The outcome of such programs has been a regular supermarket sweep, according to Barilla. "Overall results from these programs have been very favorable, with retailers satisfied not only with the increases in sales from the pasta category, but also the other departments tied in," says Schrass.

    Smaller retailers have instituted similar programs on their own. "We have made a concerted effort to incorporate cross-merchandising with our pasta category," observes Redner's Snyder. "Generally we will cross the pasta with sauces and grated cheese."

    That strategy is nothing new to Wild Oats, according to Jamie Brent, national category manager, grocery for the Boulder, Colo.-based natural/organic food retailer, which has over 110 stores in 25 states and Canada. The grocer's current challenge, though, he says, is "trying to find the right mix of representative items" from the plethora of available specialty products, including soy products, sprouted pastas, and gluten-free items made from potato, rice, and other flours.

    Gluten-free pastas in particular have seen impressive growth at the retailer, which is leveraging that popularity through its partnership with Danna Korn, founder of the support group R.O.C.K. (Raising Our Celiac Kids). Korn serves as a nutritional consultant to the retailer, in which capacity she engages in online chats with consumers and makes appearances at stores. Additionally, the Wild Oats Web site offers an electronic guide to gluten-free living developed by Korn, and store shelves feature enhanced signage. Besides the gluten-free segment, the best-growing and most sought-after pastas at Wild Oats are organic and whole grain items, according to Brent.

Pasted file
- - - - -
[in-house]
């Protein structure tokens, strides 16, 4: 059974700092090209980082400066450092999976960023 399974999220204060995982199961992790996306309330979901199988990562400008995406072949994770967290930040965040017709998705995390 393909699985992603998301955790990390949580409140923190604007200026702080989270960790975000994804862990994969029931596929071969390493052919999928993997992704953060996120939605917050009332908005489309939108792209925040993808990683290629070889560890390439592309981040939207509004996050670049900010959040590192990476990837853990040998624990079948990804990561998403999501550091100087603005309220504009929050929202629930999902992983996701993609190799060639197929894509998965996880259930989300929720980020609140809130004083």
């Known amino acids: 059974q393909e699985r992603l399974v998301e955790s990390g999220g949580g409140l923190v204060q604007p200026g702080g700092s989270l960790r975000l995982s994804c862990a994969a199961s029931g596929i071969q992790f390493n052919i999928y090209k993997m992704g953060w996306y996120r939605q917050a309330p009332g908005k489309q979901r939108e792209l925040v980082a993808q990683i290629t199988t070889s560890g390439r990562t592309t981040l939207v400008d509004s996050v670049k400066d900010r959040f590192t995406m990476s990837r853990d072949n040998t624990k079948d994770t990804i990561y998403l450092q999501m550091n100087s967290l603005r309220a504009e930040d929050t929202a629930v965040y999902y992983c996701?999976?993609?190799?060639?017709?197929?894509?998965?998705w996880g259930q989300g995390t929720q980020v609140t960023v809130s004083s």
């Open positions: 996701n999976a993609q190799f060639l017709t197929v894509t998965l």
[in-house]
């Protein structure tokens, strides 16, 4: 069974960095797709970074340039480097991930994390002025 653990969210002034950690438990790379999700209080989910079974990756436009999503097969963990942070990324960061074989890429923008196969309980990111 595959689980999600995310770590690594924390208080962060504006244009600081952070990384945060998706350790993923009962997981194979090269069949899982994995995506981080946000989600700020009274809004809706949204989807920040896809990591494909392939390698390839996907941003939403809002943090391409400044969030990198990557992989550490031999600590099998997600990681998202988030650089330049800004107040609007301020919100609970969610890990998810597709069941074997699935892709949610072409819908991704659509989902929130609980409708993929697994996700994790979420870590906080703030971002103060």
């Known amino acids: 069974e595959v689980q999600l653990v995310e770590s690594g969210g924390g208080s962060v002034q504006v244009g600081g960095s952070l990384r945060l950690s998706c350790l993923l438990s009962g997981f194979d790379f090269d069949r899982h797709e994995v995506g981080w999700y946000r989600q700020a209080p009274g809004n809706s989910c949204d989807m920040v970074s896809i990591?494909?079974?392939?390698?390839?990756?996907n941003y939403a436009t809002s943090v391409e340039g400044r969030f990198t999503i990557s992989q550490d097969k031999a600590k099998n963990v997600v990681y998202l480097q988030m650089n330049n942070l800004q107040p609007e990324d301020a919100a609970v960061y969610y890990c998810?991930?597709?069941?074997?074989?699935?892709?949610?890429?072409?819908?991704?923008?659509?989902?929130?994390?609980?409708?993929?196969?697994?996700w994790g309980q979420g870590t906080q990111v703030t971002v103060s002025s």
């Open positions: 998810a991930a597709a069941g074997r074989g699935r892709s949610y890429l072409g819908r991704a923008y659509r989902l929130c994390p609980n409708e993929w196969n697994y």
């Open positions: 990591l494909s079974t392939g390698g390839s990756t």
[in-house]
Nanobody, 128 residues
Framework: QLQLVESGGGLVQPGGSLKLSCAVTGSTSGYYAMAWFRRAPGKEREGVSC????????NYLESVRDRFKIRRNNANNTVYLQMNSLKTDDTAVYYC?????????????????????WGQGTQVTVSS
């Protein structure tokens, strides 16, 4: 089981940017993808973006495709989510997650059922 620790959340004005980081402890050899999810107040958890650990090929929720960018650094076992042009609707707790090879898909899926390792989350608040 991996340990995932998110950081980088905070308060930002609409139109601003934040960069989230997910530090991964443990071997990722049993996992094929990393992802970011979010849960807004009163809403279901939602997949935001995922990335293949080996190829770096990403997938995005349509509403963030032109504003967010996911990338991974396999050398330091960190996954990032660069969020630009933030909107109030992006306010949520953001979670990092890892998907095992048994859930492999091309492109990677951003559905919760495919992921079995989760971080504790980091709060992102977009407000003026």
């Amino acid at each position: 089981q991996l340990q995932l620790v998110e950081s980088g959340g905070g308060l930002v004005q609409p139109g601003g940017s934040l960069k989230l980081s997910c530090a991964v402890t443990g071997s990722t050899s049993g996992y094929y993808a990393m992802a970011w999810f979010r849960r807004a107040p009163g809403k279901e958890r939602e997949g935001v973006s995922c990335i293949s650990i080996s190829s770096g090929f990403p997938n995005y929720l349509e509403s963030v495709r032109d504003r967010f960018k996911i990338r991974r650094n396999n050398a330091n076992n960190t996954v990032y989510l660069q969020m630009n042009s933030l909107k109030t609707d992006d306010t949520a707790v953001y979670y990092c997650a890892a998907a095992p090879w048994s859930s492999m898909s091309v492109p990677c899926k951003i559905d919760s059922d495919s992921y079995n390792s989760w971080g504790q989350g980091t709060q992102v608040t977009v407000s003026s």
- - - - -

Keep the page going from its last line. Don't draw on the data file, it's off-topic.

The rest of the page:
Brent notes that 2006 is "a pivotal year for us," as the grocer begins to recover from the past two years, which he describes as the "worst ever" for pasta sales. "We're hoping that people will [continue] to return to the category and re-energize it," he adds.

    Natural and organic food manufacturers are increasingly getting into the pasta act, among them Vancouver, B.C.-based Nature's Path Foods, which in November 2005 introduced LifeStream 100% Organic Whole Grain & Flax+ pasta. "The target market is the natural/health market, but with an equal if not greater emphasis on the mainstream consumer," says Nicola Shaw, Nature's Path's product manager.

    Although pasta is a new category for Nature's Path and the company is still gaining placement for LifeStream, early indications are positive. "Kroger was the first major retailer to pick up our pasta in 600 of their stores with segregated store-within-a-store natural food sets," notes v.p. sales and marketing David Neuman. "Our strategy for pasta is to cross-market with our Optimum functional cereals and energy bars."

    The big loser in the pasta race seems to be low-carb. "Sales for low-carb lines are down from last year," says Redner's Snyder. "Low-carb started strong but has faded." Oldways' Baer-Sinnott lays this failure squarely on the poor taste of most reduced-carb brands.

    Despite such setbacks, however, pasta has proved that it's in supermarkets for the long haul. Says Barilla's Schrass: "Consumers can only serve spaghetti and meatballs so many times a month, but they could serve pasta every day. By working with retailers on programs that bring this thought in-store, we can increase not only sales in the pasta category, but also across the whole store."

    "As consumer spending fluctuates, we don't see pasta dropping as an anchor category," notes Redner's Snyder. "It will continue to be strong due to its versatility in meal preparation."